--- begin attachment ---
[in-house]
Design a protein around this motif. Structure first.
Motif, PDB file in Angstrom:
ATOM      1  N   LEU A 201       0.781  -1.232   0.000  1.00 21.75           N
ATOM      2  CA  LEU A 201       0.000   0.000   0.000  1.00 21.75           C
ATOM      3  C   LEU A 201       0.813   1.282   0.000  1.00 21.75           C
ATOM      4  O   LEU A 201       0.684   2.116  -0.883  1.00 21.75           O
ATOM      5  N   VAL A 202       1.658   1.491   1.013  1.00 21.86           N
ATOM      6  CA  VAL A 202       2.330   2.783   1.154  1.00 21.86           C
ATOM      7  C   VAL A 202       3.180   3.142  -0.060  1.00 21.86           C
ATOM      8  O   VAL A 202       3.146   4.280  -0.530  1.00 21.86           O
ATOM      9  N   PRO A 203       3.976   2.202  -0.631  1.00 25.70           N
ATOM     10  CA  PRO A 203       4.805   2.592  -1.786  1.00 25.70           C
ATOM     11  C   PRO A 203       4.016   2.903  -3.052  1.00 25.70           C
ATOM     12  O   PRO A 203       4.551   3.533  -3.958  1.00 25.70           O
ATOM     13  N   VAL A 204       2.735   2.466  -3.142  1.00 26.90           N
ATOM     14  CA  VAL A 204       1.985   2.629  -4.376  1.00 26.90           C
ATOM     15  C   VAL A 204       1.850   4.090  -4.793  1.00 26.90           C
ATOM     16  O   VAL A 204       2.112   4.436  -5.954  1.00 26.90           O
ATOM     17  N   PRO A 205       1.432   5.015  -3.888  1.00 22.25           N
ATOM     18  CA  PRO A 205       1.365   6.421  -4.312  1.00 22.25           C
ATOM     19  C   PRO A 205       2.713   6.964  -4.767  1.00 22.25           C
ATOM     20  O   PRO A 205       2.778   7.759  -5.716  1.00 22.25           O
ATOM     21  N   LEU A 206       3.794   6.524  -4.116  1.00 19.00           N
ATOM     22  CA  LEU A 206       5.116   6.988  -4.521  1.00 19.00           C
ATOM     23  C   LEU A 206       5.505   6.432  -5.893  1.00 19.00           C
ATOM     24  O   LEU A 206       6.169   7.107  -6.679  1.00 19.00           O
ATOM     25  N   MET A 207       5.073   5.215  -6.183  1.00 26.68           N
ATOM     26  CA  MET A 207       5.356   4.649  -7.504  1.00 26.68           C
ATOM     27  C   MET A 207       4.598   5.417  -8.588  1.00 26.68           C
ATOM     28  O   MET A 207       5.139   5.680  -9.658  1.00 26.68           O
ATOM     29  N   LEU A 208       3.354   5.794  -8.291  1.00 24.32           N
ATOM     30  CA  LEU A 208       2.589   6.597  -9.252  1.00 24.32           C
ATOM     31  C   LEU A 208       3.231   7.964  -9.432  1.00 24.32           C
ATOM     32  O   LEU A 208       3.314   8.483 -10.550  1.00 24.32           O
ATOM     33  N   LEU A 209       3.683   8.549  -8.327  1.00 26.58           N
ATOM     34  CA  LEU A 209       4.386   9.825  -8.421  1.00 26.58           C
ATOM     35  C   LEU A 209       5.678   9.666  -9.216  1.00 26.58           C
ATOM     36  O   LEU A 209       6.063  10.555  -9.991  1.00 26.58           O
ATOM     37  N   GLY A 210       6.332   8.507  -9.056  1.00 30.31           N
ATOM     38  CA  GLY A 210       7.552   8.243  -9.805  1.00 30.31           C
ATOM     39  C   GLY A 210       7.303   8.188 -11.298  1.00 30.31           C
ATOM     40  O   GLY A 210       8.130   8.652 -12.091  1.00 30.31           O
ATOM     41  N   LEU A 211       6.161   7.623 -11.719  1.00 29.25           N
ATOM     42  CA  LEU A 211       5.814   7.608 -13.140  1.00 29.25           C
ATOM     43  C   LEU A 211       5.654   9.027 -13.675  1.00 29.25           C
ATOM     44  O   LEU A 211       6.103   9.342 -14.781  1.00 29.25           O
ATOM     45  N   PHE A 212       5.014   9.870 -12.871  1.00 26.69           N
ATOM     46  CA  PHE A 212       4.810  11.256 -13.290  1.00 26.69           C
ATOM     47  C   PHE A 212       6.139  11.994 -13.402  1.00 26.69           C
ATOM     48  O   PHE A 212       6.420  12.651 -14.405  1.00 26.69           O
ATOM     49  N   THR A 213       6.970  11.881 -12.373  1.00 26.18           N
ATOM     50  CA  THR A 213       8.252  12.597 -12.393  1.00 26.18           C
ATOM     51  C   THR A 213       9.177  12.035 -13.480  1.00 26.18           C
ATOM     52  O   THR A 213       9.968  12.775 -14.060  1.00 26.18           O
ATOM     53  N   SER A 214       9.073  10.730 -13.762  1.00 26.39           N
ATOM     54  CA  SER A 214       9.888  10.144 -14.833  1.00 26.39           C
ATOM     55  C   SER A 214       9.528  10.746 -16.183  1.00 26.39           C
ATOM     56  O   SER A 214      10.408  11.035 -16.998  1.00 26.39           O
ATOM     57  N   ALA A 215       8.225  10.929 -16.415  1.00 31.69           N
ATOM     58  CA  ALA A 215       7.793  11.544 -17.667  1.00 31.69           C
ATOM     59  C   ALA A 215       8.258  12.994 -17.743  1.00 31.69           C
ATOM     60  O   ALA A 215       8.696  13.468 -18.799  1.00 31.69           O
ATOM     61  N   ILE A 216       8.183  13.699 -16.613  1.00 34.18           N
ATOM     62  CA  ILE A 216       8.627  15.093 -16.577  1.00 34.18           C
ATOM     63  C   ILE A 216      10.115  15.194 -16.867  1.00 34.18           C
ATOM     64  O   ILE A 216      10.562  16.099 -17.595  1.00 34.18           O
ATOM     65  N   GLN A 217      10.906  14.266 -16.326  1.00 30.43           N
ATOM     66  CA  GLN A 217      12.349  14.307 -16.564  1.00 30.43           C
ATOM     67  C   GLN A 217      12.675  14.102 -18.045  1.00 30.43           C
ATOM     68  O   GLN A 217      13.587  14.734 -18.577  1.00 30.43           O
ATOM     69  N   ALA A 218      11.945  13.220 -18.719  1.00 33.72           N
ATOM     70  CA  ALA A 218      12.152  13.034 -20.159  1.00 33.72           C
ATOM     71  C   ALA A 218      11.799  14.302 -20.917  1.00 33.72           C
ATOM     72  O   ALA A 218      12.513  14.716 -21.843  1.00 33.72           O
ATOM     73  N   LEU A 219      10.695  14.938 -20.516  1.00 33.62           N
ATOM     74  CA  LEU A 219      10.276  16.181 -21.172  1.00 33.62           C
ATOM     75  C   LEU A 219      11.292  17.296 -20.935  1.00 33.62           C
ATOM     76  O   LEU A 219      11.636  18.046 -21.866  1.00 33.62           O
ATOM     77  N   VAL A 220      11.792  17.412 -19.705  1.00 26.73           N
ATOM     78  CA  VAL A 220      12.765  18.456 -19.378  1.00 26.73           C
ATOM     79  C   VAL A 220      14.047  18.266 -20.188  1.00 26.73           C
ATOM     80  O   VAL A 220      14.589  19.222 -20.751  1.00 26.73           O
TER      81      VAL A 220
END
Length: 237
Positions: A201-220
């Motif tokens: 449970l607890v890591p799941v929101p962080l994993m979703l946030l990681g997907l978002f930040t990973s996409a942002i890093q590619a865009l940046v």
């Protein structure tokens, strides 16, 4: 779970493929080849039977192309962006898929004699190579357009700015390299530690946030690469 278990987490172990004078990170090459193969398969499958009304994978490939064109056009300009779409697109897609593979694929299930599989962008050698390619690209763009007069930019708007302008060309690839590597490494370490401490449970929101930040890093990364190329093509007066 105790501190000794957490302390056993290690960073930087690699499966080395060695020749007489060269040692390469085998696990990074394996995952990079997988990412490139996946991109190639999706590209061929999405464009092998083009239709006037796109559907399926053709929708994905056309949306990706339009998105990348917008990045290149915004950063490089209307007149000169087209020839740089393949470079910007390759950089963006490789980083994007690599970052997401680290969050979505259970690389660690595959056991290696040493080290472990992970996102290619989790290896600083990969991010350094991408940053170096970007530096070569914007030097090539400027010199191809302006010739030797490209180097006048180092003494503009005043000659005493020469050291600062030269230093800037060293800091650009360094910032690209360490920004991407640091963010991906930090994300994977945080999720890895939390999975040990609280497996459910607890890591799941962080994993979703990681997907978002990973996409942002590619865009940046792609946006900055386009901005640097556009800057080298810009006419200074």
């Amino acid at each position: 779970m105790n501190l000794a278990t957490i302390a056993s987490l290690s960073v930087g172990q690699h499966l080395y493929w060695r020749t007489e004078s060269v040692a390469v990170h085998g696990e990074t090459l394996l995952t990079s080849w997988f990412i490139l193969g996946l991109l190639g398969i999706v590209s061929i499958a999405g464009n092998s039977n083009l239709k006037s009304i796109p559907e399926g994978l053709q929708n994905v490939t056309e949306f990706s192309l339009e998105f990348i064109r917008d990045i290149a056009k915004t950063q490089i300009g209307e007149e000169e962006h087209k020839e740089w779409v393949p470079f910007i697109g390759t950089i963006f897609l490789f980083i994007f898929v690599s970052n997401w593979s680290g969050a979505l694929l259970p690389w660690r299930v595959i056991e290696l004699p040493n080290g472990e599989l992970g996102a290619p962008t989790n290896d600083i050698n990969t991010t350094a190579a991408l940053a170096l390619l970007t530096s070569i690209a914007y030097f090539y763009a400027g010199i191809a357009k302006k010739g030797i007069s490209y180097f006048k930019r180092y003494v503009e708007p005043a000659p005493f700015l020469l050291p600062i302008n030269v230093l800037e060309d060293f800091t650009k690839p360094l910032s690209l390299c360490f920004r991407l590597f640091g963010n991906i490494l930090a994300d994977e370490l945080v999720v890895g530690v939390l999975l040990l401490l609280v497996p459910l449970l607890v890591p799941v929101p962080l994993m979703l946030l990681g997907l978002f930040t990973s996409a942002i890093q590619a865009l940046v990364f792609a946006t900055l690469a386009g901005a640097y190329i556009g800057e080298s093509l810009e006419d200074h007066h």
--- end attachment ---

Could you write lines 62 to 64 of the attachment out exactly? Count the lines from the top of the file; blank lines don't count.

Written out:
ATOM     59  C   ALA A 215       8.258  12.994 -17.743  1.00 31.69           C
ATOM     60  O   ALA A 215       8.696  13.468 -18.799  1.00 31.69           O
ATOM     61  N   ILE A 216       8.183  13.699 -16.613  1.00 34.18           N